make that point with the members and encourage the members to do

KHARTOUM 00000230 002 OF 002

Wealth Sharing, Unity, and Elections

9. (SBU) Manibe stated that whatever the outcome of the 2011
referendum on national unity, it would be useful to plan ahead on
wealth sharing between the North and South. He said that there had
been some initial discussion of this, but that nothing ever
developed. Now the SPLM is pretending that no such discussions have
ever taken place. Emboffs commented that this is a typical NCP
strategy, to agree to something and then back away.

10. (SBU) Manibe continued that while the NCP constantly harps on
the national unity of Sudan, it pursues policies that seem intended
to make unity unattractive. It is difficult to fathom their logic,
since it is most in the NCP's interest to make unity work and hold
Sudan together.

11. (SBU) Manibe said that the NCP, while publicly accusing the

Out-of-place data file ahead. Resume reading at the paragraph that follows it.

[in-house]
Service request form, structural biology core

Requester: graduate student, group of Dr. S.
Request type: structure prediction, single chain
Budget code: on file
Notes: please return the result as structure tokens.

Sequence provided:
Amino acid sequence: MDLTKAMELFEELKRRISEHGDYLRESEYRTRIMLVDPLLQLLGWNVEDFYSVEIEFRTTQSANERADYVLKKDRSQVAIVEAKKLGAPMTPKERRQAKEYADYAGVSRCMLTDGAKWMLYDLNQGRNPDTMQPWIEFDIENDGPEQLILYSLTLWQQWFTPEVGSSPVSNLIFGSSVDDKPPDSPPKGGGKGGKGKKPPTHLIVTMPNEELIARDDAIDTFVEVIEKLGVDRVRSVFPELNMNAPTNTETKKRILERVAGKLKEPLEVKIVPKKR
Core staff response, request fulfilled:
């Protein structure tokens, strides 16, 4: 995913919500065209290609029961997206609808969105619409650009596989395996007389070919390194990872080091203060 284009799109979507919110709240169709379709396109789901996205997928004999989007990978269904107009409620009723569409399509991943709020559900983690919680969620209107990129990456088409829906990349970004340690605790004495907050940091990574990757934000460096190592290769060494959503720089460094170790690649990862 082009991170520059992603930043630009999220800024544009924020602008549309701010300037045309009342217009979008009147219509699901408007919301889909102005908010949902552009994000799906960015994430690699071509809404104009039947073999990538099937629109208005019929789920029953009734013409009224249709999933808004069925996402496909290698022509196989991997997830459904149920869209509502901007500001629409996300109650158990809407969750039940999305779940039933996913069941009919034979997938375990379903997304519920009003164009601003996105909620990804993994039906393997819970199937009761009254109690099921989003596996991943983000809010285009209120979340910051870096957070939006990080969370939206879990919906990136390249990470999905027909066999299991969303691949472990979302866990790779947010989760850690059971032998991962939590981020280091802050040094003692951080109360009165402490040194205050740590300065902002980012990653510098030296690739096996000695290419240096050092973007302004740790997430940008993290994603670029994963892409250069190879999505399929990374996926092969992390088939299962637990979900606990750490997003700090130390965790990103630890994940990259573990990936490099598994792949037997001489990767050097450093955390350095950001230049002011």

SPLM of wanting to cancel the scheduled 2009 elections, has been
pressing the SPLM privately to agree to do so. Manibe admitted that
the SPLM had at first resisted elections during the Naivasha peace
talks in 2004, but it had firmly committed to them in the CPA and
now sees the elections as a key guarantee of CPA as a whole. Asked
about the impact of the recent election unrest in Kenya on Sudan's
election plans, Manibe said that the Kenya violence was worrisome,
but it was more important to hold elections in order to protect the

Investment Ministry